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Edward Hopper

1882–1967

12 WORKS ONLINE OF 3153 WORKS IN THE MUSEUM COLLECTION
Edward Hopper, Early Sunday Morning, 1930. Oil on canvas, 35 3/16 × 60 1/4 in. (89.4 × 153 cm). Whitney Museum of American Art, New York; purchase with funds from Gertrude Vanderbilt Whitney  31.426  On view in the museum  On view in the museum
© Heirs of Josephine N. Hopper, licensed by the Whitney Museum of American Art, New York
Edward Hopper was inspired by the light and architecture of the modern American city and the everyday things that he saw in the places he visited, such as restaurants, offices, gas stations, movie theaters, and hotels. Hopper made sketches of actual sites but most of his compositions were created in the studio. He was less concerned about recording reality exactly as he saw it, than about communicating a mood or feeling. Many of his works create a sense of loneliness and isolation that he felt was part of life in the United States.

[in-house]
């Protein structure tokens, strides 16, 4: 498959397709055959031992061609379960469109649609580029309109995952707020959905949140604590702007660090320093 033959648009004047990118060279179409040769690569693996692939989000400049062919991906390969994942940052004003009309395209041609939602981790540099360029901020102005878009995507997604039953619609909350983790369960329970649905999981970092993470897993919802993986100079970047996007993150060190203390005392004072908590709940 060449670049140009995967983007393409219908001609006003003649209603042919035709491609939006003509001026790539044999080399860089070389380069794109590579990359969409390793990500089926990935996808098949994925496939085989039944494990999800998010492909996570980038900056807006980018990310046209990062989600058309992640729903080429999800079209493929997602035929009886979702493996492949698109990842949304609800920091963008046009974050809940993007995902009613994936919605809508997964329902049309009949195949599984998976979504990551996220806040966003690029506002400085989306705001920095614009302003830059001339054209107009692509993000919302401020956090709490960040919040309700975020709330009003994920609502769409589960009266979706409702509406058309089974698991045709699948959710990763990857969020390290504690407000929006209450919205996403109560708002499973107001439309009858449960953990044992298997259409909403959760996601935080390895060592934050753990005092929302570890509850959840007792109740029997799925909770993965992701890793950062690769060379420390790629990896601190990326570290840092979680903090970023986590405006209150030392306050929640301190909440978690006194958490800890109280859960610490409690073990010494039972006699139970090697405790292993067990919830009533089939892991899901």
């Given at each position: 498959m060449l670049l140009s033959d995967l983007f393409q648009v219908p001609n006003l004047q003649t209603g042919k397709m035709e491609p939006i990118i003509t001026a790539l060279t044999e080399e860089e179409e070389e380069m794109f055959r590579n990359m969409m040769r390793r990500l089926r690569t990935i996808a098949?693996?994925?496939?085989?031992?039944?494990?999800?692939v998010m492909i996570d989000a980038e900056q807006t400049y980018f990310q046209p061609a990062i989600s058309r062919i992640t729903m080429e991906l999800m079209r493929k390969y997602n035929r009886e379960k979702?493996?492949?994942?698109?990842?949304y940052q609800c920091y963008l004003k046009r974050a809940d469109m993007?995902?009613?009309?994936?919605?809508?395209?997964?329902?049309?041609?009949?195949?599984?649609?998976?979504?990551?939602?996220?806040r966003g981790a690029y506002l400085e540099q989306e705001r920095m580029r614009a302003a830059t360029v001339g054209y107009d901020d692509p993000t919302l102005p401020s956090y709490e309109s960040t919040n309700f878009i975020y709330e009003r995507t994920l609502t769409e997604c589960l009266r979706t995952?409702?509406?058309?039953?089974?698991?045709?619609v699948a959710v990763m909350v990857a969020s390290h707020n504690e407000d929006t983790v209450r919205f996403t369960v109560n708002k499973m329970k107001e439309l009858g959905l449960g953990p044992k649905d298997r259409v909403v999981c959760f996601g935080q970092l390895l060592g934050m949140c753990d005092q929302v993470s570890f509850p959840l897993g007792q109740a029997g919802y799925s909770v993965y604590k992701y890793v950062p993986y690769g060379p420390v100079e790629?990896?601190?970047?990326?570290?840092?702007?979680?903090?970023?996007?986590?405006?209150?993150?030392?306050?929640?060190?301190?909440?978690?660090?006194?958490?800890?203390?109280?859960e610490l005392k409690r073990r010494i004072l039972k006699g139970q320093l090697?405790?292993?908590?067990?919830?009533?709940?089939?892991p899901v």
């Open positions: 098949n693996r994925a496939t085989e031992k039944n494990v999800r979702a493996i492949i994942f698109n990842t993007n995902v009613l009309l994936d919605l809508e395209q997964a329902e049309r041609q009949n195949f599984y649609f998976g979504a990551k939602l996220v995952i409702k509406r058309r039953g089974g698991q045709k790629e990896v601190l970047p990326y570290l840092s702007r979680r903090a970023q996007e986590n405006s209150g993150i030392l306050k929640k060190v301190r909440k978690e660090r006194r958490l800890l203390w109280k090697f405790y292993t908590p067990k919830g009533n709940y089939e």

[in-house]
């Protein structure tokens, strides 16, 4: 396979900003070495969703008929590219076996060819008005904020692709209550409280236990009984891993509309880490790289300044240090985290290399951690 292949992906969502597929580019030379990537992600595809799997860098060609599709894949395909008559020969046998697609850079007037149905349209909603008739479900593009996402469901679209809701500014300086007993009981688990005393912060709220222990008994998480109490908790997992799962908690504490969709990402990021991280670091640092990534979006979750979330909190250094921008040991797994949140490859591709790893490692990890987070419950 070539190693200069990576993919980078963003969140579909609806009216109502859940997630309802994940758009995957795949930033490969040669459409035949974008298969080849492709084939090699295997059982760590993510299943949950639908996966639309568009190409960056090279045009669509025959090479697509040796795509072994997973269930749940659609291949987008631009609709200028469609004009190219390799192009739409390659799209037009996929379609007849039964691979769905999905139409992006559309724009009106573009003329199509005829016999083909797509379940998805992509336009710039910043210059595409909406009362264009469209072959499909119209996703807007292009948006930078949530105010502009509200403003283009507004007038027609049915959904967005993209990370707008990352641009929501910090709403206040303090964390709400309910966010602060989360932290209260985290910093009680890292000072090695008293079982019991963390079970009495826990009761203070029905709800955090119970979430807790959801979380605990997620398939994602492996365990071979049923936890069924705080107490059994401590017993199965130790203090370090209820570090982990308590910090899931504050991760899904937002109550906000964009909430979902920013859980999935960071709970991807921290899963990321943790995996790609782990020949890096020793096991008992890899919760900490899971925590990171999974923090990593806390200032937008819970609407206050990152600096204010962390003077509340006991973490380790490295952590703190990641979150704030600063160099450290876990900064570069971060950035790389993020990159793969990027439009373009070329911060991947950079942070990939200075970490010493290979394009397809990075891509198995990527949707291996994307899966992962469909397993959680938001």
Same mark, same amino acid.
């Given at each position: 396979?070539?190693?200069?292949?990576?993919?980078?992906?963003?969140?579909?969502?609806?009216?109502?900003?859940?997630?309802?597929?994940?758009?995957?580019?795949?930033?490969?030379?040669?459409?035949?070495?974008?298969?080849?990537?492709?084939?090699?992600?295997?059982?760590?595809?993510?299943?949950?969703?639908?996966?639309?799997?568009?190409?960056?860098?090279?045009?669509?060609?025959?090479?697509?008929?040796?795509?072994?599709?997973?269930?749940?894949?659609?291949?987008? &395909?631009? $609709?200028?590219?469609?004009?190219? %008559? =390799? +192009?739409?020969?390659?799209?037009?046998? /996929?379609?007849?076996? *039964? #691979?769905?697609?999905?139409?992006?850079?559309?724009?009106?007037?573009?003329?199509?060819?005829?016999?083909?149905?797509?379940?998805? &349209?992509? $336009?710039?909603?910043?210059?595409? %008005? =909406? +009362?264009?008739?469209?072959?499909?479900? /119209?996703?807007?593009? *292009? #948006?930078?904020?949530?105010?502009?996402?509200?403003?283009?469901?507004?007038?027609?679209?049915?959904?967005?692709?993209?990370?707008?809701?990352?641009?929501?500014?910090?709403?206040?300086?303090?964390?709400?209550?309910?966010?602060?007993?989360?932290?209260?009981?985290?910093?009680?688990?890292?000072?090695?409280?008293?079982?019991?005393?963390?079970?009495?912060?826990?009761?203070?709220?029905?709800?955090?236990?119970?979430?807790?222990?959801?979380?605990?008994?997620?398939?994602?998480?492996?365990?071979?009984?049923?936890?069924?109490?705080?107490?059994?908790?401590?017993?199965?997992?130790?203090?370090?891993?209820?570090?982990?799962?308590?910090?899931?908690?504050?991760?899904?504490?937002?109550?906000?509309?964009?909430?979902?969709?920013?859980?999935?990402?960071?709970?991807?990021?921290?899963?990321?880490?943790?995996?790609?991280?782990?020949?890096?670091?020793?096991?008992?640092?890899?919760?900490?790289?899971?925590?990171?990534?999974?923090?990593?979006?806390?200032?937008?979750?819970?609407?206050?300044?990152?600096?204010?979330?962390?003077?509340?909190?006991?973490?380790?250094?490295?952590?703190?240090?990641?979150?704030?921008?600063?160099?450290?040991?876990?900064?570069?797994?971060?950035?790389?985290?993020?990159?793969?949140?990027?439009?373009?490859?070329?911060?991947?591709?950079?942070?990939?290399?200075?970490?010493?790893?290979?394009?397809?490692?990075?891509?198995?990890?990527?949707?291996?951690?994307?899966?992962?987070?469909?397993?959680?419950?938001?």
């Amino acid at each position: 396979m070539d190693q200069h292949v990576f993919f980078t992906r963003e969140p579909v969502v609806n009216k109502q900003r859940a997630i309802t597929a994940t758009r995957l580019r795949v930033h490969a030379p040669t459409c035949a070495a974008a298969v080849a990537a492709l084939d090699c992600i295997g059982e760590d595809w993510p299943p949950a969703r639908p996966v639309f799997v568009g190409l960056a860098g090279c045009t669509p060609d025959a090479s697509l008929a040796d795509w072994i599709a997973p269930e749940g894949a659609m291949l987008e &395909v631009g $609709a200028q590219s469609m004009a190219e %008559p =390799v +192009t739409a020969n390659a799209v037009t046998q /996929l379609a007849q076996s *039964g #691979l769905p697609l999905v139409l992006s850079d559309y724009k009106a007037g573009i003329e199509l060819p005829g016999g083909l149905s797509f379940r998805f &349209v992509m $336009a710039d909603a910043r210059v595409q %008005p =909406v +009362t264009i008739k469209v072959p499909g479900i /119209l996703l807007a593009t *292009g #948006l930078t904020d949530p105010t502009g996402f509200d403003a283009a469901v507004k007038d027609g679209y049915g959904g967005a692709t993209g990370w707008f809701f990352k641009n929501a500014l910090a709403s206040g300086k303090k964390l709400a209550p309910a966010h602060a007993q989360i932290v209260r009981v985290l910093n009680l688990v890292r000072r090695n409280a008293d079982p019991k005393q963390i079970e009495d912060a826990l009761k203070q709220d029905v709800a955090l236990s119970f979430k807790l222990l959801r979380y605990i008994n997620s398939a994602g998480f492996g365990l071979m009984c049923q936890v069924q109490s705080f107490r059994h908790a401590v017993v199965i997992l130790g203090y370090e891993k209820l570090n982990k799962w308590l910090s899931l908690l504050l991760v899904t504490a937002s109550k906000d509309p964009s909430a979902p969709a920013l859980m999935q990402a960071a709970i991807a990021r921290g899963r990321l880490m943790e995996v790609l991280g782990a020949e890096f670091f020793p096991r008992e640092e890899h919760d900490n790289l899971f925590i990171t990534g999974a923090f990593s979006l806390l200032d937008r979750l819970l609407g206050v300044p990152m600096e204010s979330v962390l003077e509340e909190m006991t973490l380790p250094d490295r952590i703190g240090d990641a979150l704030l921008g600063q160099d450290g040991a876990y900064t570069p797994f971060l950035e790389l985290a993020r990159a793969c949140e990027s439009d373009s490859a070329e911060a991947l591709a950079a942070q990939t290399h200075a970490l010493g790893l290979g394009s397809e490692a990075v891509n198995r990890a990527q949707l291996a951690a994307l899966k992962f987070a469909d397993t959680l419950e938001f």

About the artist
Edward Hopper, Self Portrait, 1925–30  70.1165  On view in the museum  On view in the museum

Inspiration

“What I wanted to do was to paint sunlight on the side of a house.”

—Edward Hopper

Hopper’s Model
For more than forty years, Edward Hopper’s wife, Josephine Nivison was the model for many of his paintings.

in the mood for movies

“When I don’t feel in the mood for painting I go to the movies for a week or more. I go on a regular movie binge!”

—Edward Hopper

materials

painting

“So many people say painting is fun. I don’t find it fun at all.  It’s hard work for me.”


—Edward Hopper

Did Edward Hopper marry a scientist?
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